That Steve thinks it’s so “exciting” that his 12YO granddaughter has been so well indoctrinated that she finds no value in reading simply for the sake of enjoyment is just heartbreaking. What a bleak existence it must be when every little thing has to teach you a lesson (and of course, you know that lesson has to be JESUS) in order to be worth your time. But it also drives home just how black-and-white Maxwell thinking is. If Abby couldn’t learn something from her reading, it seems like it’s because her education and upbringing have failed her, not because the reading materials failed. She said she found the book entertaining. So instead of dismissing that as useless, why use it as an opportunity to figure out why? Was is the characterization? The situations? The pacing?  The writing style? And it could be the same in reverse if she DIDN’T enjoy the book. That kind of examination would absolutely be a learning experience—improving her thinking as well as her own writing skills. Even something as simple as learning a new word and trying to figure out its meaning from context or just by looking it up means she would have learned something. But in Maxhell, they never seem to look past the end of their noses and if things aren’t handed to them, they never go looking. I don’t think for a second that Melanie was trying to put something over on the grands. Nate and Mel may be a little more modern in their appearance and with some of the things they allow their kids to do, but I sincerely doubt they’ve modified the core beliefs that Steve pounded into Nate’s head.

I graduated high school in 1972 and I’m thankful every day that I was a voracious reading because if all I had to go by was our assigned reading (dead white guys, with VERY few exceptions), I probably never would have picked up a book again. Not that any of it was horrible*, it’s just that there were so may other exciting and mind-expanding things we could have read instead or at least in addition to said dead white guys. No women authors and certainly none who were POC either.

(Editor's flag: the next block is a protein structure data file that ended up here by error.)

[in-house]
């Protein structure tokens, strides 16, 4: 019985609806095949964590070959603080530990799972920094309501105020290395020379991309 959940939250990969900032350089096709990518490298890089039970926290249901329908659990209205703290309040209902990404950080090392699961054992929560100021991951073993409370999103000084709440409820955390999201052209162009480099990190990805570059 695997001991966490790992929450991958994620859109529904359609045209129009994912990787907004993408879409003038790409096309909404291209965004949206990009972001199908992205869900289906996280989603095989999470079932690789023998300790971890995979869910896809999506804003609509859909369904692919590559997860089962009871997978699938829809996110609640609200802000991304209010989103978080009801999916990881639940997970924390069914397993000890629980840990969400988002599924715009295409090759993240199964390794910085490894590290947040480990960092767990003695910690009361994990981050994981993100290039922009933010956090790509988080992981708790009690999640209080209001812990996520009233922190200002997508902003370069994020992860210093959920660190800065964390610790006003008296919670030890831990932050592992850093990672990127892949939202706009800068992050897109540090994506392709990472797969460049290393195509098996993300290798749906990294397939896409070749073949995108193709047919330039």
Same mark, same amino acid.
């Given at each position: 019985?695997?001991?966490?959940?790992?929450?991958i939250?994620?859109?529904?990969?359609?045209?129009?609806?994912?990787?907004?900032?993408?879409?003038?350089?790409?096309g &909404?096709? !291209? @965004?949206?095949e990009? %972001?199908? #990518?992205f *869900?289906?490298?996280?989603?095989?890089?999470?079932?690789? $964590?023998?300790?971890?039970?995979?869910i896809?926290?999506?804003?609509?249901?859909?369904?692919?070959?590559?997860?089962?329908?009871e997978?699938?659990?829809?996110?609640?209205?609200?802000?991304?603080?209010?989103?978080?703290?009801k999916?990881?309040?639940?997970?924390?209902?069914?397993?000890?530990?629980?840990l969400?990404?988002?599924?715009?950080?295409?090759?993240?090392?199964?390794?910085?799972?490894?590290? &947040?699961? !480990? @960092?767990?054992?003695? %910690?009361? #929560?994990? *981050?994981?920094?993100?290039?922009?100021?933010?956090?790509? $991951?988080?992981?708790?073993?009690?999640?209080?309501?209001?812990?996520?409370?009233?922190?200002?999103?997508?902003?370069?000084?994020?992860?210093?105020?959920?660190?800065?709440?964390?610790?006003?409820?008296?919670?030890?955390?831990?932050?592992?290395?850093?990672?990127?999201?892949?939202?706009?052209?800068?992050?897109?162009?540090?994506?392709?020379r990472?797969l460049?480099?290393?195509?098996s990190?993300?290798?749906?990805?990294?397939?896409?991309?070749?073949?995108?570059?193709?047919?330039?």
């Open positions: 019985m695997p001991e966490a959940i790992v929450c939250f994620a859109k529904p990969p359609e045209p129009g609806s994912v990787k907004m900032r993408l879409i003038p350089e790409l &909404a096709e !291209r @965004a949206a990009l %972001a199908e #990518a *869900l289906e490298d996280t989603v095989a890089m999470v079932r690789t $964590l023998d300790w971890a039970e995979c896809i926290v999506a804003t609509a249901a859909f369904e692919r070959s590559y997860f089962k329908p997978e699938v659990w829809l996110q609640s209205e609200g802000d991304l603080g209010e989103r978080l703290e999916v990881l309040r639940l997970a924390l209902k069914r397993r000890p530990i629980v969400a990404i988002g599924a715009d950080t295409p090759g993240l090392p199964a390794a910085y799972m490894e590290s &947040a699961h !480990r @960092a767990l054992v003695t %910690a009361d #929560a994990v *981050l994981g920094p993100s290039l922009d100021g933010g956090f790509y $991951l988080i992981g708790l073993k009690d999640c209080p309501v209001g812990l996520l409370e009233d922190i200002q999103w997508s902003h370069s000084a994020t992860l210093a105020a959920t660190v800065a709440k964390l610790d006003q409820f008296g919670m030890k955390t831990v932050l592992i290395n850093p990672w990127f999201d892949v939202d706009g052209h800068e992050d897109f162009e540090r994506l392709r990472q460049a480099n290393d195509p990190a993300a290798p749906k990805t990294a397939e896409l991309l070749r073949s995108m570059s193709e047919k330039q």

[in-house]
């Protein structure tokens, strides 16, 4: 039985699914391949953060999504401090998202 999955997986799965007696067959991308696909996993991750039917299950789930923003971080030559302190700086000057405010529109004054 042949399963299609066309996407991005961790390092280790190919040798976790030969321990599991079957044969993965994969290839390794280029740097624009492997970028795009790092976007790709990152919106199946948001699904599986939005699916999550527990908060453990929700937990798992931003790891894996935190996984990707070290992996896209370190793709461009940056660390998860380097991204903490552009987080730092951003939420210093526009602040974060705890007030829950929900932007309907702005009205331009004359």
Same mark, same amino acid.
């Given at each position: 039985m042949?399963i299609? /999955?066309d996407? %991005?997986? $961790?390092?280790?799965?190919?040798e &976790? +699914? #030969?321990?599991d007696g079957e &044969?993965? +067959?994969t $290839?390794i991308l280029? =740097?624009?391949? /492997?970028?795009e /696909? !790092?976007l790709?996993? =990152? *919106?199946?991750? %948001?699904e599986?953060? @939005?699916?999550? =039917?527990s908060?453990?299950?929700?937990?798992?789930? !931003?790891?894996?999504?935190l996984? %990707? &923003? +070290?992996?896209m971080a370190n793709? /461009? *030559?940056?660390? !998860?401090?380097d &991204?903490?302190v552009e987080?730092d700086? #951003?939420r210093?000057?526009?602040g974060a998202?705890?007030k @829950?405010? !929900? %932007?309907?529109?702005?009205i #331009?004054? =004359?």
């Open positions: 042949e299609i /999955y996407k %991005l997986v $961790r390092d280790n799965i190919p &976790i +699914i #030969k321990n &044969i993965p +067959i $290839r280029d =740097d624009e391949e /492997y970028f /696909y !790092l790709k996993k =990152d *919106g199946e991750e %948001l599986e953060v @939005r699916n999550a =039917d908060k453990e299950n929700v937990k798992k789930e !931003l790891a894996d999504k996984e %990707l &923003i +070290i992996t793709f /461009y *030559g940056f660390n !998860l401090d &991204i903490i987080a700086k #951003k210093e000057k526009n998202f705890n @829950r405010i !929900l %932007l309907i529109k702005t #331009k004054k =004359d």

*I reserve judgement on Giants in the Earth, which I remember as being a colossal bore, although the long-term sub we had somehow connected its theme to Scientology (don’t ask me how she did that but it was the first time I’d heard of Scientology—I couldn’t stand LRH’s sci-fi—and thankfully she was NOT a fan). I keep telling myself I want to go back and read it again to see if my opinion changed but my reading list is so long I may never get there.

Abby's reaction to the short story reminds me of when I'm teaching a complex grammar concept from a different language to kids and they say :  "It doesn't make sense."  Well, yes, it makes sense to all of those who are native speakers of that language, so let's look at it again.    If I explain it in enough different ways and give examples it begins to make sense to them, and they can even use the concept in original ways.  It is likely that Abby's 'teachers' don't have a lot of experience in giving lots of examples and having open-ended discussions about literature.  It's no wonder she feels like the reading had nothing to teach her.  She hasn't been taught to think and analyze.   (But I'm not saying anything that hasn't been said already.)

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Caroline
On 5/5/2021 at 3:00 PM, freejugar said:

I can't think of any classic short story that would be Maxwell approved. Maybe a fairytale?

Too many witches, fairies, and general magic for the Maxwells to approve of.  I LOVED fairy tales when I was young.

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OhNoNike
Posted (edited)

If it were my secular kid writing this, I’d have chuckled at the honesty (and she has said similar things).  However since it’s a Maxwell kid, it’s just kind of sad to me.  As if you must have some sort of lesson, or it’s not worth reading. 
 

ETA - I just read Teri’s reply to the length of the report. Defensive much?  Haha. Wow. 

Edited by OhNoNike
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Black Aliss
Posted (edited)
7 hours ago, sparkles said:

*I reserve judgement on Giants in the Earth, which I remember as being a colossal bore, although the long-term sub we had somehow connected its theme to Scientology (don’t ask me how she did that but it was the first time I’d heard of Scientology—

I found GITE interesting only because my great-grandparents homesteaded in Dakota territory. But I think I preferred Laura Ingalls Wilder's descriptions of life at that time.

Edited by Black Aliss
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Ozlsn

I had never heard of Giants in the Earth, had to Google. Trying to remember what I would have read at Abby's age, and what we studied - I know we did The Red Pony in year 8, mostly because I did a project of turning it into a radio play in a group of four. I don't remember much about the story, but I do remember that walking on kitty litter makes a good audio substitute for gravel!

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allyisyourpally5

I think the Maxwells are a bit pissed off with the reaction to that book report. I’m sure they are praying for all the closed minds and holding this up as an example right now...